Deciding what keywords and phrases you want to focus your SEO campaign around is the first step to getting better search engine results. There are several things you need to think about when deciding on keywords. What would you like to be found for in search results? What are your target customers actually searching for? How much competition is there for that phrase? Let’s break down how these all work together.
What would you like to be found for in search results?
This is the starting point. What is your meat and potatoes? What are you known for, or would you like to be known for? Of course the initial response to this question is to list off every service and product that your company can offer. Unfortunately, SEO doesn’t work like that. Your best bet is to start with 2-3 key phrases that you want and really focus on those. Search engines like consistency, repetition, and focus, when it comes to your keywords. They will actually penalize you if your keywords don’t match the visible content on your page.
So, choose 2-3 phrases to work with and move on to step 2.
What are your target customers actually searching for?
As experts in a field we have a tendency to forget that not everyone knows our jargon. Just because the technical name of your product or your actual title makes sense to you, that doesn’t mean that anyone is actually searching for that phrase. For example, let’s consider a chiropractor’s possible keywords. The temptation may be to use keywords such as “subluxation” or “Dr of Chiropractic”. Likelihood of a potential client searching for either of those terms is slim to none, but something like “back pain”, “dislocated joint”, or “chiropractor in WNY” might be more common.
Starting with the phrases that you chose in step 1, begin to think about them like a potential client. Change each key phrase into what you think will actually be searched for and then think about step number 3.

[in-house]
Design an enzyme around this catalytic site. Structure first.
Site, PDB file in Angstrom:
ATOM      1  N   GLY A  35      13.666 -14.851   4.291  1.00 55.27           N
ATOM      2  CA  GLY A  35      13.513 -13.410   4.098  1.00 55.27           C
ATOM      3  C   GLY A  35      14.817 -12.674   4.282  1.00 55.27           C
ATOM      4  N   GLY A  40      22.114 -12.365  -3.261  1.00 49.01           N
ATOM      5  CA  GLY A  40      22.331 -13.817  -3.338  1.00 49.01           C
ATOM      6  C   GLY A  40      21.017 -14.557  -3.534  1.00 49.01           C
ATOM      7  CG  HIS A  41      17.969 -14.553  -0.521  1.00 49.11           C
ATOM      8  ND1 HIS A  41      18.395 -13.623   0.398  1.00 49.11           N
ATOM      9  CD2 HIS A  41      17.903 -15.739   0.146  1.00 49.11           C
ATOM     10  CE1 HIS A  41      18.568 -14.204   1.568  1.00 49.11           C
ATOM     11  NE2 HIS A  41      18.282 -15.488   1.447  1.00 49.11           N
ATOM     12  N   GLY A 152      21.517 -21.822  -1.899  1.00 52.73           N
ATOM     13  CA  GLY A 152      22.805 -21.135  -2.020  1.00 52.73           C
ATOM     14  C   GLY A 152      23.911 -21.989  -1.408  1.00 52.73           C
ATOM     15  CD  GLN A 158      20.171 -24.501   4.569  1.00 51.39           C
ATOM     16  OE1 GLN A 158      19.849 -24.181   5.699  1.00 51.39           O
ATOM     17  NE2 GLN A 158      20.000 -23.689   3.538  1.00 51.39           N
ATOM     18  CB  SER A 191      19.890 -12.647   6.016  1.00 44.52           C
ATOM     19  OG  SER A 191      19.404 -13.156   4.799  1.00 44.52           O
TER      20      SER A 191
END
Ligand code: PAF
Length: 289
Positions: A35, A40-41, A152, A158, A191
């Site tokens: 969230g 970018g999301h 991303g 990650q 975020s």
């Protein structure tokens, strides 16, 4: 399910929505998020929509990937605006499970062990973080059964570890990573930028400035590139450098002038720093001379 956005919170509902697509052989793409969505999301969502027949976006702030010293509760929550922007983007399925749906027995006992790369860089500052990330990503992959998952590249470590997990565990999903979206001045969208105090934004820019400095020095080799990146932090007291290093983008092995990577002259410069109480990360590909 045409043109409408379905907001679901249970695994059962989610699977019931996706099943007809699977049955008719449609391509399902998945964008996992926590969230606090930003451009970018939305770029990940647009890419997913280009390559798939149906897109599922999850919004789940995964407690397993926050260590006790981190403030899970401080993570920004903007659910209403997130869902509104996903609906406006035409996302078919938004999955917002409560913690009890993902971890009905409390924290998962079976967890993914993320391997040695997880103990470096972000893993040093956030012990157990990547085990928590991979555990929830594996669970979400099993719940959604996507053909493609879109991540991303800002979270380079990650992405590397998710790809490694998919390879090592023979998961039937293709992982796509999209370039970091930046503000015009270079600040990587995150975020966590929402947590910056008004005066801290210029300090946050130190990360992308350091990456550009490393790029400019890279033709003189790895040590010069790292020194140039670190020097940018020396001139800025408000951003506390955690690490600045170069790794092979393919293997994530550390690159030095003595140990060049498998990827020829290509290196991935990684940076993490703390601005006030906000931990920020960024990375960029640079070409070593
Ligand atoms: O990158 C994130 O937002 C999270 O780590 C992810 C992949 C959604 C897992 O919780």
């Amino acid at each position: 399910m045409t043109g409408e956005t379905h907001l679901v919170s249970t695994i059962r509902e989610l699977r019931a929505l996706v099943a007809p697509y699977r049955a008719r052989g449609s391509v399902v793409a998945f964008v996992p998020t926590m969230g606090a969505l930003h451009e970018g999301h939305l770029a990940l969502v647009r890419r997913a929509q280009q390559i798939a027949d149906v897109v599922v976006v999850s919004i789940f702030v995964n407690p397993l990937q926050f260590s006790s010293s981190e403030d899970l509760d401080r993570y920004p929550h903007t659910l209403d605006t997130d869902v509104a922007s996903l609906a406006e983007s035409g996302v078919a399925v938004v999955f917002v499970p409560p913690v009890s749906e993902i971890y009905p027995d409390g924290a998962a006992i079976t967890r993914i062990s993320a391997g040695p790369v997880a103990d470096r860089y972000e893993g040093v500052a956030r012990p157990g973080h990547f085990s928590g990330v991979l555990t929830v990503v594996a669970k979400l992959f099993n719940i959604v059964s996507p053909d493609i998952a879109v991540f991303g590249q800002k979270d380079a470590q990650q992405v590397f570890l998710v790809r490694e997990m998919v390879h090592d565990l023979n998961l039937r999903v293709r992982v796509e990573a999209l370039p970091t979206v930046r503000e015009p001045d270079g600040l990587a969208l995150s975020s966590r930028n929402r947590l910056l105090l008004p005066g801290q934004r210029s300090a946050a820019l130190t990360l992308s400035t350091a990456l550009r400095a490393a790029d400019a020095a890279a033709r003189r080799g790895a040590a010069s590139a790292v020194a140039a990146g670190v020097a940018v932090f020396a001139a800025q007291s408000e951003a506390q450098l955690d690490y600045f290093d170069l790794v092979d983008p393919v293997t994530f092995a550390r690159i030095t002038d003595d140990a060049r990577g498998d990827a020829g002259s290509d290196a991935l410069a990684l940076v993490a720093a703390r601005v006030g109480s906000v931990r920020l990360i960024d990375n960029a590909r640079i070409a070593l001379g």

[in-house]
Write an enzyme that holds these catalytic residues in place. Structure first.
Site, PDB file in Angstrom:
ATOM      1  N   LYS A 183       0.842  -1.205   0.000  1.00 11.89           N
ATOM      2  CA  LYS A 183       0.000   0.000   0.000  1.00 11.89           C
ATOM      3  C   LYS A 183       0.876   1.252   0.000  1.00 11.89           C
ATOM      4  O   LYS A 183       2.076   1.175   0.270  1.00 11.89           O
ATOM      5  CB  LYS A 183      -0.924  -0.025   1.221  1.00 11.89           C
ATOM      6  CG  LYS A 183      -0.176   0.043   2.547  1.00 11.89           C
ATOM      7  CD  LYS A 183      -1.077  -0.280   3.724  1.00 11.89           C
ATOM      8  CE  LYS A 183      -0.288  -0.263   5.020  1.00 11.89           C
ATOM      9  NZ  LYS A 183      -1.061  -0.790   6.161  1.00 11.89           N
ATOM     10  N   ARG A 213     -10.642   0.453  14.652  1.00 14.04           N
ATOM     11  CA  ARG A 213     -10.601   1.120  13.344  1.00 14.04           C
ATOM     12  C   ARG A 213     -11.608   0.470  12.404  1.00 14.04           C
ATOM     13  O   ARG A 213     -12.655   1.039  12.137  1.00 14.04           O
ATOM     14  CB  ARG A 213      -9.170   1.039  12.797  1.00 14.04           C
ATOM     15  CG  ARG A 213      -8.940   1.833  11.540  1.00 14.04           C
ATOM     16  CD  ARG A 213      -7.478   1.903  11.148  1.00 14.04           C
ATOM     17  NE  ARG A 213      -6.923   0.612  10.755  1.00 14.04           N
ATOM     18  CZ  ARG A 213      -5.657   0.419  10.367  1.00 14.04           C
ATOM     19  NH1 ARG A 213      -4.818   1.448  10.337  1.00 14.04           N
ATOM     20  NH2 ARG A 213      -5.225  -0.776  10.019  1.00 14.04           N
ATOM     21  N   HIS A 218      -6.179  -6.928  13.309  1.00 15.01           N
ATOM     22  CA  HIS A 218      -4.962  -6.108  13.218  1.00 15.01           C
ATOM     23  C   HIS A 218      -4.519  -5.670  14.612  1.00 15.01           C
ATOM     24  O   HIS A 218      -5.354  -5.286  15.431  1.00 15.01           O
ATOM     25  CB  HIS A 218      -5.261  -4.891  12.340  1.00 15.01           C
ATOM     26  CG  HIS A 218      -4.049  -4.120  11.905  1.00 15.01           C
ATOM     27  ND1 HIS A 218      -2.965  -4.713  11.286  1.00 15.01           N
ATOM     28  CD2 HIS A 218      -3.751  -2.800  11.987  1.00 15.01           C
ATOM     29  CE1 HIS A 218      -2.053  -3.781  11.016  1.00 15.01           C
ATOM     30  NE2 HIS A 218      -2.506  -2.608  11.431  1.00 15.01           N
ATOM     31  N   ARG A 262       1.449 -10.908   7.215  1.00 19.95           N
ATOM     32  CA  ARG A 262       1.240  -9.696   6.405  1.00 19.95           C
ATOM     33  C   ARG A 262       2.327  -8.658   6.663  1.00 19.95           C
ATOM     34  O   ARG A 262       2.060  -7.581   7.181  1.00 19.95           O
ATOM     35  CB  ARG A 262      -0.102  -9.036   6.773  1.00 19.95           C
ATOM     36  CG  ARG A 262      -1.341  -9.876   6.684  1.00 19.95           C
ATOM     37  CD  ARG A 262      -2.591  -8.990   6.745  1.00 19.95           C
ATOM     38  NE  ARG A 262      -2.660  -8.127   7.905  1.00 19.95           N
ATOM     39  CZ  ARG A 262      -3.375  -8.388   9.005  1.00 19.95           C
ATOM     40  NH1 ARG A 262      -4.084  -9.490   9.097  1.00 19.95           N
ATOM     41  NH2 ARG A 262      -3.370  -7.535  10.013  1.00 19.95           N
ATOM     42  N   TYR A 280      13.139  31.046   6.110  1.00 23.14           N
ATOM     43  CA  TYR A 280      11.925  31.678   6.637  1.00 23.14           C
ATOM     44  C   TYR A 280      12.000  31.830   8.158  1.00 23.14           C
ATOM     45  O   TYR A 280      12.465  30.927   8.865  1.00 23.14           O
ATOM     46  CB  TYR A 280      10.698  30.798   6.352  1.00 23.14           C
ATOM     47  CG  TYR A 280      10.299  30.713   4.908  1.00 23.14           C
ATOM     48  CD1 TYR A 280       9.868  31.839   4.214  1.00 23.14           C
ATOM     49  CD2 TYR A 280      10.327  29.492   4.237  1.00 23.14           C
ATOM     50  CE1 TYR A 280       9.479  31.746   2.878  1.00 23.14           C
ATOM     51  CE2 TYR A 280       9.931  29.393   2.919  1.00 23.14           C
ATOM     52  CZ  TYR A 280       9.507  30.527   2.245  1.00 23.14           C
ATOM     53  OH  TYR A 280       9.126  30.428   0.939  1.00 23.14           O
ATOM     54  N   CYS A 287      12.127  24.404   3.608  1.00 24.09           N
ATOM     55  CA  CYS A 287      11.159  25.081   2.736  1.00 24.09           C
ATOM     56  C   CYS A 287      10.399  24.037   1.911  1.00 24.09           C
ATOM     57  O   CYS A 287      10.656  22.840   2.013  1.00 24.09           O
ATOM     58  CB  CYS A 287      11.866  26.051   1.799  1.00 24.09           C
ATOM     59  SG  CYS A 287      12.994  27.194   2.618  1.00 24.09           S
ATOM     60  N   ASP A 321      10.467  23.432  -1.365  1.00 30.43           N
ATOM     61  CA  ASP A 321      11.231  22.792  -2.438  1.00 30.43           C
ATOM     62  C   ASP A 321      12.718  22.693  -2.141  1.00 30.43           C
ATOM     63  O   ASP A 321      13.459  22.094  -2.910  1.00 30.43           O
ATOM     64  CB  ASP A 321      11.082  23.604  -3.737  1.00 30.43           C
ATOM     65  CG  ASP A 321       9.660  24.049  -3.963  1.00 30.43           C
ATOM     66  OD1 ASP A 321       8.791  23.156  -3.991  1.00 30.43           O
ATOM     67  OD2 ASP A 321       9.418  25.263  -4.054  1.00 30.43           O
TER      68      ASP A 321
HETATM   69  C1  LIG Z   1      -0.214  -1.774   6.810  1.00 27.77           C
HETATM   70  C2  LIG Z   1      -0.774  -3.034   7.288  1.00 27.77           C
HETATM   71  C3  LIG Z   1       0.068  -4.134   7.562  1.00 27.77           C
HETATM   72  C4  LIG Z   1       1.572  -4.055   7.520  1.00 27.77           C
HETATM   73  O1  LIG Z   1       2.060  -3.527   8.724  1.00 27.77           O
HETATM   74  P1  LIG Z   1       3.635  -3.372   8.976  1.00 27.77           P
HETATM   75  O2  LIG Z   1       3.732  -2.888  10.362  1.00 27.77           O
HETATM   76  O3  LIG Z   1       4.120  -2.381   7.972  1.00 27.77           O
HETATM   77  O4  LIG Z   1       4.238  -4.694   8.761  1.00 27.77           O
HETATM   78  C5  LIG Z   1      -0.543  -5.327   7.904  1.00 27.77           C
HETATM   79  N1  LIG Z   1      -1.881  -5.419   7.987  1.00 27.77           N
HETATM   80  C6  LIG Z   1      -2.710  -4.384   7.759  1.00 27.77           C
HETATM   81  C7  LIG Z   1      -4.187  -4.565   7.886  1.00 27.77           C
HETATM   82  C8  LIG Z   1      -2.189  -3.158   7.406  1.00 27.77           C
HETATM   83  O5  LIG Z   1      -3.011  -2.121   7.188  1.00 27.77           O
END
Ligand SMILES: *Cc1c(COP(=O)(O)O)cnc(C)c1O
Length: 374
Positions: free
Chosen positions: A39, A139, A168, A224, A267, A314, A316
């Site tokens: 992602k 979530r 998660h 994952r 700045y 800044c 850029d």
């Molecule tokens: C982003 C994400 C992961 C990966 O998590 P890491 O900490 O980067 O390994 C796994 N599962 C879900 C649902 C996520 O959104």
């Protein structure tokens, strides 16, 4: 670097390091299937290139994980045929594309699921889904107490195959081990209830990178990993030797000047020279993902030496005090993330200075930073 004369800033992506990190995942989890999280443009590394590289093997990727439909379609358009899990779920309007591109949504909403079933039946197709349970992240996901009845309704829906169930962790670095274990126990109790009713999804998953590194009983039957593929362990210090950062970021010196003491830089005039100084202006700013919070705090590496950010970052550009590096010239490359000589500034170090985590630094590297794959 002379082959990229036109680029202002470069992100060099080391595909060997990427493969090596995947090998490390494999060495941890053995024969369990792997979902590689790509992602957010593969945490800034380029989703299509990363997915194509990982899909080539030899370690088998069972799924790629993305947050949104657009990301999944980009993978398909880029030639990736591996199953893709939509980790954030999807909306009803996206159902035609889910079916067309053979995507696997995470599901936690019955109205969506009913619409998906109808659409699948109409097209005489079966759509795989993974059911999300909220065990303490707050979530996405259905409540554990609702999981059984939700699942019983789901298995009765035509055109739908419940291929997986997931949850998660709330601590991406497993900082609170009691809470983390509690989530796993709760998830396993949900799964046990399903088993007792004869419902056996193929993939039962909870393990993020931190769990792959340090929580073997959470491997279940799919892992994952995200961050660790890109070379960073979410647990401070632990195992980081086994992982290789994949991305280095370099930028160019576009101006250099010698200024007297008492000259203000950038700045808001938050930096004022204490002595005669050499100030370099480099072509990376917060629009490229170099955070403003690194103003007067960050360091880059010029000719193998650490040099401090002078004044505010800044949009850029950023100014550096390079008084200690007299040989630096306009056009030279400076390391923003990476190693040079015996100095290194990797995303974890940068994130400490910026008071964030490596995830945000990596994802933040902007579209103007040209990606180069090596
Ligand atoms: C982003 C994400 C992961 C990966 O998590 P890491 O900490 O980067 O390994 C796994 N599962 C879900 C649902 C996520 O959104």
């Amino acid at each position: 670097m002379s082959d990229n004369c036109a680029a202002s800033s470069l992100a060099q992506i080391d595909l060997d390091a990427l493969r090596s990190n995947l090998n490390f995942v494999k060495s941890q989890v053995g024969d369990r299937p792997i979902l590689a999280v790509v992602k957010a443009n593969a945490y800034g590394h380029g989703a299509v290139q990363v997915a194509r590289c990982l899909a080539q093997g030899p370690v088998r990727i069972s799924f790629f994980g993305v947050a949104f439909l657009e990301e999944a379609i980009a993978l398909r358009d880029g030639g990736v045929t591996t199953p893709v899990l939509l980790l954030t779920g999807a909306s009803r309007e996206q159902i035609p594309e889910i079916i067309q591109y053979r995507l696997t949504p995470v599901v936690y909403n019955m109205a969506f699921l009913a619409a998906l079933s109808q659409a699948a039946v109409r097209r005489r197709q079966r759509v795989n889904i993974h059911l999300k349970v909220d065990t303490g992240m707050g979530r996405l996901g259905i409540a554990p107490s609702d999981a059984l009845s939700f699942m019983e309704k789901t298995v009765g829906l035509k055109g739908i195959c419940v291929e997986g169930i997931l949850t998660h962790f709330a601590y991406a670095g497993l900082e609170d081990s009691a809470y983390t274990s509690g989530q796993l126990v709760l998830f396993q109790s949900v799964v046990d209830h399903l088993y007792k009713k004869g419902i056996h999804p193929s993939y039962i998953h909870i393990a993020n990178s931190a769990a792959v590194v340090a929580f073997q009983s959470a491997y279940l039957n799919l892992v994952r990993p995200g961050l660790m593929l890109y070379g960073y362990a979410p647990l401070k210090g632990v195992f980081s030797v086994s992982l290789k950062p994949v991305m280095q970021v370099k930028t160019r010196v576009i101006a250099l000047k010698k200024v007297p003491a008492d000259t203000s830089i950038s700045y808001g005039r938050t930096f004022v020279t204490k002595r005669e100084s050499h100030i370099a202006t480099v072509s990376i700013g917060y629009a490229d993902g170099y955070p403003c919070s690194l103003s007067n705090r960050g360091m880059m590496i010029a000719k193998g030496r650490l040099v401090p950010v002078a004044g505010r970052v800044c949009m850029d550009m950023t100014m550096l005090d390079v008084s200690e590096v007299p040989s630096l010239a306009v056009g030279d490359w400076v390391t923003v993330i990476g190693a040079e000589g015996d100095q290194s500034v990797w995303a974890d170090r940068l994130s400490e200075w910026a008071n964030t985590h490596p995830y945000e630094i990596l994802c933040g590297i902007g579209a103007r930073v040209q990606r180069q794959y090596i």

How much competition is there for that phrase?
How many websites are there on the internet that are targeting the same customers using the same keywords? If the competition is fierce, it will be much harder to get any traction with your SEO efforts. For example, “chiropractor” comes up with over 27 million results when typed into Google, whereas, by using a geographical tag such as the city or town where the chiropractor is located, the field could be limited to less than 30,000.
This is a clear case of big fish in small pond versus small fish in the big sea, which would you rather be? You can either be found frequently by a smaller amount of people, or on the 152nd page of the search results every time, where no one will ever see you.
Typically you will get better results with your keywords if you make them something more specific, rather than general. Try adding things like geographical locations, specific services or products, or even a common misspelling to cut down on your search competition.
Apply some specifics to the key phrases that you chose in steps 1 and 2, and you will have a good start for your SEO campaign.
If you are ready to start working on optimization for your website, make sure you take the time to decide on these key phrases. They will steer the rest of the process, from the text that you write for the website, to the way you title your pages, and some of your marketing efforts.
In our next entry, we will offer some tips on where to use implement these keywords and phrases to begin the process of SEO for your website. Contact Buffalo Wired for more information on our SEO services.